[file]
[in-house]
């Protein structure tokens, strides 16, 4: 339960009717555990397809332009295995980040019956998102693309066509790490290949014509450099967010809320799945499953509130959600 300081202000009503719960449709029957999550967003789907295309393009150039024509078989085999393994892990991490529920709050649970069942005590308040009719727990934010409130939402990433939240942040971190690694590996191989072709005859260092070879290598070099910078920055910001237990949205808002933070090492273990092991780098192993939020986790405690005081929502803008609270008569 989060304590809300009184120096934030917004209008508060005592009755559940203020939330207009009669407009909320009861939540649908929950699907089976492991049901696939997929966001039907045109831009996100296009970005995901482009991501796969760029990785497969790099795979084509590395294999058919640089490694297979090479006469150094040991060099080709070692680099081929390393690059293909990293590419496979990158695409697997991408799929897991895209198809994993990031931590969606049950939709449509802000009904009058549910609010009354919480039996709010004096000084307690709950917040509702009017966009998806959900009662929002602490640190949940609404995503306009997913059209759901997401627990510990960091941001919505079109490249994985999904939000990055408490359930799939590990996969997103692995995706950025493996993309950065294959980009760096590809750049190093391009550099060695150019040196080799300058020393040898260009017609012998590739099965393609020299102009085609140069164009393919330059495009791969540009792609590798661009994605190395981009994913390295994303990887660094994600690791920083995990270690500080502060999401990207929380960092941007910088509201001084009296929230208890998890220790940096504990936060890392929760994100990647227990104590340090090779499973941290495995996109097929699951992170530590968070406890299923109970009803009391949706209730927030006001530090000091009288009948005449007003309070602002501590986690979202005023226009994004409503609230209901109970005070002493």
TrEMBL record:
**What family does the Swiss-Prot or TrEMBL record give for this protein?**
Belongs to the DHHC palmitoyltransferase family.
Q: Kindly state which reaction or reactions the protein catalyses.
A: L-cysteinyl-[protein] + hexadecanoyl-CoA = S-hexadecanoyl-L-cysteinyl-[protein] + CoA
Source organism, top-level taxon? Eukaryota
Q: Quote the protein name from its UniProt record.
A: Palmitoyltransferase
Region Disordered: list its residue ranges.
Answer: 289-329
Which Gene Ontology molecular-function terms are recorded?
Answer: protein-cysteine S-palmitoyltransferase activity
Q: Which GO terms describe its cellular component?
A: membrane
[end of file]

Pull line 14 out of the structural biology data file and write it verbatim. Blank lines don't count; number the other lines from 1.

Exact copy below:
Answer: protein-cysteine S-palmitoyltransferase activity